Thursday, September 24, 2009

Bremmer on Obama and the Rest of the World



I promised I would come back to Ian Bremmer’s morning comments at a breakfast I attended recently. So here it is. Part II of the talk was about what is currently going on in America under its new president and challenges investors will face around the world.

According to Bremmer, the situation in America remains difficult but President Obama has an advantage (over George W. Bush) that serves him well: He is quick to admit his mistakes. For instance, an early first mistake was to express outrage at Wall Street bonuses in the mist of the financial crisis. Rumours would have it that Obama almost lost Geithner as Treasury secretary over the comments he made. Moreover, Obama openly expressed outrage gave licence to some members of Congress which then went overboard and, at one point, seemed ready to enact all sorts of punitive, yet senseless, legislation restricting bonuses. Obama quickly realised that he had a problem and dodged the bullet by backing down.

The same thing happened with healthcare reforms. By letting Congress take control of the legislation process, Obama eventually realized that the reforms would get nowhere. When he came back from his August vacation, the fish had rotten significantly and the outlook for a healthcare bill clearing both the House and the senate seemed quite bleak. Again, Obama realized his mistake and took control of the process, announcing his intention in his recent speech. By backing down on many issues, he thus greatly improved the probability of passing health care reforms before the end of the year. The political pragmatism of the new President will probably save healthcare reforms according to Bremmer, avoiding irreparable damage.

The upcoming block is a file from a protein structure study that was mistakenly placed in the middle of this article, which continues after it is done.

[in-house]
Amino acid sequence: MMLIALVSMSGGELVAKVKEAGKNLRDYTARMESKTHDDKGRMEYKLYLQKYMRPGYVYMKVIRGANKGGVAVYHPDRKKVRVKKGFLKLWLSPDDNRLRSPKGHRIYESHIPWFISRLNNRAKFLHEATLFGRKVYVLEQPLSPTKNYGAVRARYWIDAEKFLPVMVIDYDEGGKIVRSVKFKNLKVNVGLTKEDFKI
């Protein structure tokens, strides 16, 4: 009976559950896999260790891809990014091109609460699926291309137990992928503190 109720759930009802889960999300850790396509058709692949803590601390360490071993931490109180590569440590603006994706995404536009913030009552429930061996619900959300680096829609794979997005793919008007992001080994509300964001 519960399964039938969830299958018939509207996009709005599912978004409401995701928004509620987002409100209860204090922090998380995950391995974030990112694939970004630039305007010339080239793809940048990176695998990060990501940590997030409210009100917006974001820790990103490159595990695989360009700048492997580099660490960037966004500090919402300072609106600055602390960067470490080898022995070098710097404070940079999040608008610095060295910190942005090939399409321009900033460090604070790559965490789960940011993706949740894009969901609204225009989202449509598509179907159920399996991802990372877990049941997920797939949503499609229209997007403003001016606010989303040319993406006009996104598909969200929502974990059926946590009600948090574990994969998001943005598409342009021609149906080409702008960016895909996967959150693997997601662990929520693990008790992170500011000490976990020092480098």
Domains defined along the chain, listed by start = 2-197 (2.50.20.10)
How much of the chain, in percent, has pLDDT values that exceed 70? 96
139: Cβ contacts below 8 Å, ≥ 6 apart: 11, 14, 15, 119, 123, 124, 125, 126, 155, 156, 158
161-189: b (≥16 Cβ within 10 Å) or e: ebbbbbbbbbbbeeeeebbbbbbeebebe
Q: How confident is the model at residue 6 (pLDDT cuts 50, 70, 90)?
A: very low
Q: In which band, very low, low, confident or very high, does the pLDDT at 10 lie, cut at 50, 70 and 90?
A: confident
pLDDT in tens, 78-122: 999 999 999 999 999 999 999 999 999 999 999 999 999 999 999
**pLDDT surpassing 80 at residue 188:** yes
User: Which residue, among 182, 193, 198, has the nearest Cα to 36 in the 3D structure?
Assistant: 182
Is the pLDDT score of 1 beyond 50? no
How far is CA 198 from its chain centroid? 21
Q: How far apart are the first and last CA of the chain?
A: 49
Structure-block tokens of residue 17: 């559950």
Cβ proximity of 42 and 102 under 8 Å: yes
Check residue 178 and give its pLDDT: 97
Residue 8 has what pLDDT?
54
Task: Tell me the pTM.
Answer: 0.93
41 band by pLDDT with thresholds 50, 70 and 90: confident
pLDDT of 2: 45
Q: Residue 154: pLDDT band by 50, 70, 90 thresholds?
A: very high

Yet, some things are not going as well. Afghanistan is currently being the one difficult issue with which Obama will be confronted with pretty soon. Ian Bremmer thinks that it is going to be the first real crisis of his presidency and that it is going to be a BIG crisis. The fact that Karzai is no longer in arms with the Americans will also complicate things.

The decision to nominate Robert Gates as Secretary of Defence indicates that the President is leaning towards letting the generals do their job in the Middle East. However, while the Iraq situation improved significantly after the surge (at least enough to pull out on schedule), Afghanistan is now falling apart. The generals would like to have 400,000 soldiers on the ground in the country to stabilize the situation. If not possible, they claim that at least 60,000 more are needed to avoid a complete disaster. Another surge is what the generals are recommending today. The proponents of a second “surge” include David Petraeus. Against this view, the President’s political advisors are recommending a pull out based on the notion that this war is unwinnable. This group includes Hillary Clinton, Joe Bidden and John Kerry.